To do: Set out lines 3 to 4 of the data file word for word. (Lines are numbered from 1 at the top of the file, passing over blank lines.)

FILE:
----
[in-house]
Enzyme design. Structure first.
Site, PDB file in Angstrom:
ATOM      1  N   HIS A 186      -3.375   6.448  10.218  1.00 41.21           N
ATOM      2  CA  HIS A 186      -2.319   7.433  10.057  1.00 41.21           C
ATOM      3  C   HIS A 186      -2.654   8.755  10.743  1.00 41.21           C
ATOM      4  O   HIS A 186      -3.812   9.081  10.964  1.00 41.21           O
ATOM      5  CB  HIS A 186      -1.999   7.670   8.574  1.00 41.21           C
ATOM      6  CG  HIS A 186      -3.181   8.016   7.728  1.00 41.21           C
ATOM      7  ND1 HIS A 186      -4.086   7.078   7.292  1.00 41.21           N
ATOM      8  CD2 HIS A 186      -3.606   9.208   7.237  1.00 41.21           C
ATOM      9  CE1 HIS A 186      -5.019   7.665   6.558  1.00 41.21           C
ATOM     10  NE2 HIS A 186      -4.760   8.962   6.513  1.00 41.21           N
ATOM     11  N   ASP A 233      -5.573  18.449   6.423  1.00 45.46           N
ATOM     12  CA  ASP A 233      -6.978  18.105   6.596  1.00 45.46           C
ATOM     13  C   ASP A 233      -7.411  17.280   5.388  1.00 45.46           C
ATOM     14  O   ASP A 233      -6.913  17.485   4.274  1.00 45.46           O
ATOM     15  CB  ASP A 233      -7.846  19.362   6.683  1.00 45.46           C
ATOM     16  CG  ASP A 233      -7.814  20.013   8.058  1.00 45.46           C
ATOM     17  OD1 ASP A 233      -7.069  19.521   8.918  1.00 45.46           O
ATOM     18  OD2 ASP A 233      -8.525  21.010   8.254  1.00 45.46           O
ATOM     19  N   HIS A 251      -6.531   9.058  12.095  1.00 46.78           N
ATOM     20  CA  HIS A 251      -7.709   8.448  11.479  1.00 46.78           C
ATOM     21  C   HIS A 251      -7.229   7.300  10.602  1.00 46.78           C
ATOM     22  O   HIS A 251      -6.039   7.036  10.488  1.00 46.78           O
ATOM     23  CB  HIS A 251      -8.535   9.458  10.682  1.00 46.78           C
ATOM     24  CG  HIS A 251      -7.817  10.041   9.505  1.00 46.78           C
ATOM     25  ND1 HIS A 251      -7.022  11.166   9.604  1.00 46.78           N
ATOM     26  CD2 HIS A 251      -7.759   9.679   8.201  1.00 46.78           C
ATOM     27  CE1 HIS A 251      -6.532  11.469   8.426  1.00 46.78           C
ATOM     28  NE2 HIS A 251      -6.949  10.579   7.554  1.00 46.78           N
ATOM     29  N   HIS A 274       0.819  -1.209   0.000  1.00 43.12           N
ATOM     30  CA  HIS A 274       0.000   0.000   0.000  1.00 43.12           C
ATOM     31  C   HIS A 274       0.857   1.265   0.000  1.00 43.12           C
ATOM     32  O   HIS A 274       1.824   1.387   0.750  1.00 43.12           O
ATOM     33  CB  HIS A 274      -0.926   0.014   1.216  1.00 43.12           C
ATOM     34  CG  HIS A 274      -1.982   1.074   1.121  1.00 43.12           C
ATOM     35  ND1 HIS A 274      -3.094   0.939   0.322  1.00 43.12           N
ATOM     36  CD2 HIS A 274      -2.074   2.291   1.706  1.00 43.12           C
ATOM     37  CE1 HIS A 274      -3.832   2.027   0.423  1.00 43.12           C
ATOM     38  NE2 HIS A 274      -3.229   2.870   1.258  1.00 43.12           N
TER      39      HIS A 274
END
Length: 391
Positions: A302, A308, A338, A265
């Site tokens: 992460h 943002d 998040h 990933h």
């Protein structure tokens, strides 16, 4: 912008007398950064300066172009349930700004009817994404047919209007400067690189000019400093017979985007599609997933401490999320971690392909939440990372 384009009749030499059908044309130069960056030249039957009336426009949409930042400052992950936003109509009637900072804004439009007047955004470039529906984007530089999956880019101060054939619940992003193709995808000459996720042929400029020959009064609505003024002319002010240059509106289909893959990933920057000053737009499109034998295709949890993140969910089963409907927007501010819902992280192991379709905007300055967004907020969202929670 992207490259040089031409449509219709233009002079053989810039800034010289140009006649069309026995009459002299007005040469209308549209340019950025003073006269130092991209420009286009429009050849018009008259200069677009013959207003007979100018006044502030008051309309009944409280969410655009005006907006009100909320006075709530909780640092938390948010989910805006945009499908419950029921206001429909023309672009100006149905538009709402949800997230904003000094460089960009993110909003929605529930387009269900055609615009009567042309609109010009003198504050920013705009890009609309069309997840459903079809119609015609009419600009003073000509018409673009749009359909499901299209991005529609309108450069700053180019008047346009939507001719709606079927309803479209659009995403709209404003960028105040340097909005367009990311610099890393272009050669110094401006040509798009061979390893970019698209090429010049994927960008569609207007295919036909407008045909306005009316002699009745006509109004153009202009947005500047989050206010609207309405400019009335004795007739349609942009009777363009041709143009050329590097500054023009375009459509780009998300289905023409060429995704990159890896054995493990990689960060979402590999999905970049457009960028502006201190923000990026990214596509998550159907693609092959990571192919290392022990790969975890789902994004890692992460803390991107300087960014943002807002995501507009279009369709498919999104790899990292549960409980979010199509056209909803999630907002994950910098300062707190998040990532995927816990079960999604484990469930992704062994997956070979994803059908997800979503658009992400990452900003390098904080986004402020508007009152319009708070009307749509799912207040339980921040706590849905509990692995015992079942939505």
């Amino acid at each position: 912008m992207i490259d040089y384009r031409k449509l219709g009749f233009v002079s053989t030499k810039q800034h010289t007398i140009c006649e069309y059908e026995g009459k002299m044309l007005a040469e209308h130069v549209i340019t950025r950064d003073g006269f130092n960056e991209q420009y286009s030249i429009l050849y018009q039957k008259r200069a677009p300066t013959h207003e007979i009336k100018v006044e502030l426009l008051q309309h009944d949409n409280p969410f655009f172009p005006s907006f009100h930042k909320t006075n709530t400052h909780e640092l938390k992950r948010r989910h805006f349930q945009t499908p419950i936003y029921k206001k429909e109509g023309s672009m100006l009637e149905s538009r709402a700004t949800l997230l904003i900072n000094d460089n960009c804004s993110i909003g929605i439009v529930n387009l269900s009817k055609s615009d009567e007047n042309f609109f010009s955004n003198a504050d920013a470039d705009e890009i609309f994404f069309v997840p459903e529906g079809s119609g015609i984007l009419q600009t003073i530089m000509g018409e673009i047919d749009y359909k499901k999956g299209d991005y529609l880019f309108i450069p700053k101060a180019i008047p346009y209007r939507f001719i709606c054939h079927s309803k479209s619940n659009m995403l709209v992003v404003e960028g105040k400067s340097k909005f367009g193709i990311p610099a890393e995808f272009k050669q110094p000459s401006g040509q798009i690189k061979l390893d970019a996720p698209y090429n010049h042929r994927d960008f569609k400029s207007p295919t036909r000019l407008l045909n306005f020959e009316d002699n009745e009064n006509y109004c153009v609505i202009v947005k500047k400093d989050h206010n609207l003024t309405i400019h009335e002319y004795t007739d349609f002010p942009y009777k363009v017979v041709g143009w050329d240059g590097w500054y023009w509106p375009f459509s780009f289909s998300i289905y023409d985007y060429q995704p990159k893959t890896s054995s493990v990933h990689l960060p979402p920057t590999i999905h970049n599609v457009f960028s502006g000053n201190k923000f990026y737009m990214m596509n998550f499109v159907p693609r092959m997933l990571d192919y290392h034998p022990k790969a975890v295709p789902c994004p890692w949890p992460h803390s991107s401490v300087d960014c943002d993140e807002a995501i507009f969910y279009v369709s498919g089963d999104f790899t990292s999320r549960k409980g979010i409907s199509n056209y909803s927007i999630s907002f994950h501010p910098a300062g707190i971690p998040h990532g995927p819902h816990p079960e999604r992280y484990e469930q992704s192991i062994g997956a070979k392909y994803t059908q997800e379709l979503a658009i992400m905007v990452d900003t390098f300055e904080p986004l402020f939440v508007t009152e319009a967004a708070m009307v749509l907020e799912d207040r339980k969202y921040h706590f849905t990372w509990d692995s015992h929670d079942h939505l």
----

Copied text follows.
Site, PDB file in Angstrom:
ATOM      1  N   HIS A 186      -3.375   6.448  10.218  1.00 41.21           N